conditional neural process

From statwiki
Revision as of 02:56, 19 November 2018 by S366chen (talk | contribs) (Conditional Neural Process)
Jump to: navigation, search

Introduction

To train a model effectively, deep neural networks require large datasets. To mitigate this data efficiency problem, learning in two phases is one approach : the first phase learns the statistics of a generic domain without committing to a specific learning task; the second phase learns a function for a specific task, but does so using only a small number of data points by exploiting the domain-wide statistics already learned.

For example, consider a data set [math] \{x_i, y_i\} [/math] with evaluations [math]y_i = f(x_i) [/math] for some unknown function [math]f[/math]. Assume [math]g[/math] is an approximating function of f. The aim is yo minimize the loss between [math]f[/math] and [math]g[/math] on the entire space [math]X[/math]. In practice, the routine is evaluated on a finite set of observations.

In this work, they proposed a family of models that represent solutions to the supervised problem, and ab end-to-end training approach to learning them, that combine neural networks with features reminiscent if Gaussian Process. They call this family of models Conditional Neural Processes.


Model

Let training set be [math] O = \{x_i, y_i\}_{i = 0} ^ n-1[/math], and test set be [math] T = \{x_i, y_i\}_{i = n} ^ {n + m - 1}[/math].

P be a probability distribution over functions [math] F : X \to Y[/math], formally known as a stochastic process. Thus, P defines a joint distribution over the random variables [math] {f(x_i)}_{i = 0} ^{n + m - 1}[/math]. Therefore, for [math] P(f(x)|O, T)[/math], our task is to predict the output values [math]f(x_i)[/math] for [math] x_i \in T[/math], given [math] O[/math],

Conditional Neural Process

Conditional Neural Process models directly parametrize conditional stochastic processes without imposing consistency with respect to some prior process. CNP parametrize distributions over [math]f(T)[/math] given a distributed representation of [math]O[/math] of fixed dimensionality. Thus, the mathematical guarantees associated with stochastic processes is traded off for functional flexibility and scalability.

CNP is a conditional stochastic process [math]Q_\theta[/math] defines distributions over [math]f(x_i)[/math] for [math]x_i \in T[/math]. For stochastic processs, we assume [math]Q_theta[/math] is invariant to permutations, and in this work, we generally enforce permutation invariance with respect to [math]T[/math] be assuming a factored structure. That is, [math]Q_theta(f(T) | O, T) = \prod _{x \in T} Q_\theta(f(x) | O, x)[/math]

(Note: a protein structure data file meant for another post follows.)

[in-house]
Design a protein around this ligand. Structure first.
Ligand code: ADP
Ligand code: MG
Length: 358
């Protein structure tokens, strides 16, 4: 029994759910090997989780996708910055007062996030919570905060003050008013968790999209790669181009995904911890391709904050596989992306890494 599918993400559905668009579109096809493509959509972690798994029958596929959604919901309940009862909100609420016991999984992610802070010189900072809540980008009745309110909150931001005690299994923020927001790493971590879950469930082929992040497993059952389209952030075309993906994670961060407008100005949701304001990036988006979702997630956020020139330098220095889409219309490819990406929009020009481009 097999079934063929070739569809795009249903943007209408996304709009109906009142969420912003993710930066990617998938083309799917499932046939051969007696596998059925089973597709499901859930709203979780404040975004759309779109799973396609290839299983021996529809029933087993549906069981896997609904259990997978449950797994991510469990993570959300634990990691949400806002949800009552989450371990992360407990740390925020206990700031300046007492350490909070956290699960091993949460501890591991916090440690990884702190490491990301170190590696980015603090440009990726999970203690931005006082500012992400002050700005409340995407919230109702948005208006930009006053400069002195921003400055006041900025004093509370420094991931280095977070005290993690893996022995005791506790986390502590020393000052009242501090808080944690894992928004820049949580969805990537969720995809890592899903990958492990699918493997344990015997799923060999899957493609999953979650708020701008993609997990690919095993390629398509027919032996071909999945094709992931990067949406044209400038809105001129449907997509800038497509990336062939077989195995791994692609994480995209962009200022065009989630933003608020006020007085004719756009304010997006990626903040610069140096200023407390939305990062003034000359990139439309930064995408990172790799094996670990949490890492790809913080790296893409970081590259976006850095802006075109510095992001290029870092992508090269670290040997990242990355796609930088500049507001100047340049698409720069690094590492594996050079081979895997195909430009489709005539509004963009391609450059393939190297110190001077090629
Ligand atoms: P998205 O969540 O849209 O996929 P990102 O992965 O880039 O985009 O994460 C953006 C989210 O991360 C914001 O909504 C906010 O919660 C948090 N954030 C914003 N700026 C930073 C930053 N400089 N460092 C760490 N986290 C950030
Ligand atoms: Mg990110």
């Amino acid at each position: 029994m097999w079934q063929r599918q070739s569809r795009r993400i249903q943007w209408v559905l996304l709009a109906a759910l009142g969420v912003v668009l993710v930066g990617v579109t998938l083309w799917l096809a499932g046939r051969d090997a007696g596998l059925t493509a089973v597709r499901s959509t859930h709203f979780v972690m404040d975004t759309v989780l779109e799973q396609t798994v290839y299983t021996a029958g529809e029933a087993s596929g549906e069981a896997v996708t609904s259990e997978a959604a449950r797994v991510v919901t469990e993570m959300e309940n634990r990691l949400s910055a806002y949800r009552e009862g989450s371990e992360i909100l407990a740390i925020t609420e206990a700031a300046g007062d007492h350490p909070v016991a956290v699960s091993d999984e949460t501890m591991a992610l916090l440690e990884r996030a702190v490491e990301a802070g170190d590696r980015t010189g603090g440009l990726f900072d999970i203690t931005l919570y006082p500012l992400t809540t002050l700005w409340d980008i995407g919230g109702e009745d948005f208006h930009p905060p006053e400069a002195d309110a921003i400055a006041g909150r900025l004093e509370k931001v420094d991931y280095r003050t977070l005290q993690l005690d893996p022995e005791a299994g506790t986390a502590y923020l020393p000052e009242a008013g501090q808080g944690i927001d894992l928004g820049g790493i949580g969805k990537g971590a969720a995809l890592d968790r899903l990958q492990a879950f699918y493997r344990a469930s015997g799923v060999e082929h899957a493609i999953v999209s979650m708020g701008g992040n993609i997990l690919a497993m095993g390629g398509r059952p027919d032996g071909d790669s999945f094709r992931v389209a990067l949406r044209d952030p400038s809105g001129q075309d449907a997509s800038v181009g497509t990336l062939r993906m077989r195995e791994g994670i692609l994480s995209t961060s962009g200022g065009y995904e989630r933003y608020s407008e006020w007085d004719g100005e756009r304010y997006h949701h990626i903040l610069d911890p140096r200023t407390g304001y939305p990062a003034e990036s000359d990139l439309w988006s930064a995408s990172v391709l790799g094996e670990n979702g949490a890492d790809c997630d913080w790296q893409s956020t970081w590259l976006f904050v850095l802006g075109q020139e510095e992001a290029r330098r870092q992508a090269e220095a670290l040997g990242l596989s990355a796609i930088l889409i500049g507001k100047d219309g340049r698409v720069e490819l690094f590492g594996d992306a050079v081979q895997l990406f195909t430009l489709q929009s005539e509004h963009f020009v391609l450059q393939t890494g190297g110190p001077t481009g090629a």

In detail, we use the following archiecture

[math]r_i = h_\theta(x_i, y_i)[/math] for any [math](x_i, y_i) \in O[/math], where [math]h_\theta : X \times Y \to \mathbb{R} ^ d[/math]

[math]r = r_i * r_2 * ... * r_n[/math], where [math]*[/math] is a commutative operation that takes elements in [math]\mathbb{R}^d[/math] and maps them into a single element of [math]\mathbb{R} ^ d[/math]

[math]\Phi_i = g_\theta[/math] for any [math]x_i \in T[/math], where [math]g_\theta : X \times \mathbb{R} ^ d \to \mathbb{R} ^ e[/math] and [math]\Phi_i[/math] are parameters for [math]Q_\theta[/math]

Note that this architecture ensures permutation invariance and [math]O(n + m)[/math] scaling for conditional prediction. Also, [math]r = r_i * r_2 * ... * r_n[/math] can be computed in [math]O(n)[/math], this architecture supports streaming observation with minimal overhead.


We train [math]Q_\theta[/math] by asking it to predict [math]O[/math] conditioned on a randomly chosen subset of [math]O[/math]. This gives the model a signal of the uncertainty over the space X inherent in the distribution P given a set of observations. Thus, the targets it scores [math]Q_\theta[/math] on include both the observed and unobserved values. In practice, we take Monte Carlo estimates of the gradient of this loss by sampling f and N. This approach shifts the burden of imposing prior knowledge


from an analytic prior to empirical data. This has the advantage of liberating a practitioner from having to specify an analytic form for the prior, which is ultimately intended to summarize their empirical experience. Still, we emphasize that the [math]Q_\theta[/math] are not necessarily a consistent set of conditionals for all observation sets, and the training routine does not guarantee that.

In summary,

1. A CNP is a conditional distribution over functions trained to model the empirical conditional distributions of functions f ∼ P.

2. A CNP is permutation invariant in O and T.

3. A CNP is scalable, achieving a running time complexity of O(n + m) for making m predictions with n observations.



Experimental Results